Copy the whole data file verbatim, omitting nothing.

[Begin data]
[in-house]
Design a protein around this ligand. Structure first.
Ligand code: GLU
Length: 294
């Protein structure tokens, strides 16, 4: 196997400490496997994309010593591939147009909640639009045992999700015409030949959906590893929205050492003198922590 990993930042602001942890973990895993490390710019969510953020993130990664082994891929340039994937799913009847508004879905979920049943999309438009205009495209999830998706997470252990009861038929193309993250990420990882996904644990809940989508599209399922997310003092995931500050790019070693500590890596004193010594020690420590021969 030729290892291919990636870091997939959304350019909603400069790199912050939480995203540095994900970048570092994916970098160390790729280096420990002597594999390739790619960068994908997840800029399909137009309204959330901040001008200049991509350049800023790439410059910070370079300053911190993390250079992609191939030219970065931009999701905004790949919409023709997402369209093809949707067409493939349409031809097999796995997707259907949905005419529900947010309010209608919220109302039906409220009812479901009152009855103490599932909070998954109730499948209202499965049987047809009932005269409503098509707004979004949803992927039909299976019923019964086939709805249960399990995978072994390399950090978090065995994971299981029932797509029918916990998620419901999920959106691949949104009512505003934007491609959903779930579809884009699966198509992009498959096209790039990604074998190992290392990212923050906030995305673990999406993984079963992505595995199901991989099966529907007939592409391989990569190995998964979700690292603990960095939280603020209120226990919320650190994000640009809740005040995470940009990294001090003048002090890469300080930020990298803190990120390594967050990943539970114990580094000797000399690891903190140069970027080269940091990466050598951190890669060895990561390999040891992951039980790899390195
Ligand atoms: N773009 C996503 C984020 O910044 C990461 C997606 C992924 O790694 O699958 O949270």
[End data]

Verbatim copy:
[in-house]
Design a protein around this ligand. Structure first.
Ligand code: GLU
Length: 294
């Protein structure tokens, strides 16, 4: 196997400490496997994309010593591939147009909640639009045992999700015409030949959906590893929205050492003198922590 990993930042602001942890973990895993490390710019969510953020993130990664082994891929340039994937799913009847508004879905979920049943999309438009205009495209999830998706997470252990009861038929193309993250990420990882996904644990809940989508599209399922997310003092995931500050790019070693500590890596004193010594020690420590021969 030729290892291919990636870091997939959304350019909603400069790199912050939480995203540095994900970048570092994916970098160390790729280096420990002597594999390739790619960068994908997840800029399909137009309204959330901040001008200049991509350049800023790439410059910070370079300053911190993390250079992609191939030219970065931009999701905004790949919409023709997402369209093809949707067409493939349409031809097999796995997707259907949905005419529900947010309010209608919220109302039906409220009812479901009152009855103490599932909070998954109730499948209202499965049987047809009932005269409503098509707004979004949803992927039909299976019923019964086939709805249960399990995978072994390399950090978090065995994971299981029932797509029918916990998620419901999920959106691949949104009512505003934007491609959903779930579809884009699966198509992009498959096209790039990604074998190992290392990212923050906030995305673990999406993984079963992505595995199901991989099966529907007939592409391989990569190995998964979700690292603990960095939280603020209120226990919320650190994000640009809740005040995470940009990294001090003048002090890469300080930020990298803190990120390594967050990943539970114990580094000797000399690891903190140069970027080269940091990466050598951190890669060895990561390999040891992951039980790899390195
Ligand atoms: N773009 C996503 C984020 O910044 C990461 C997606 C992924 O790694 O699958 O949270």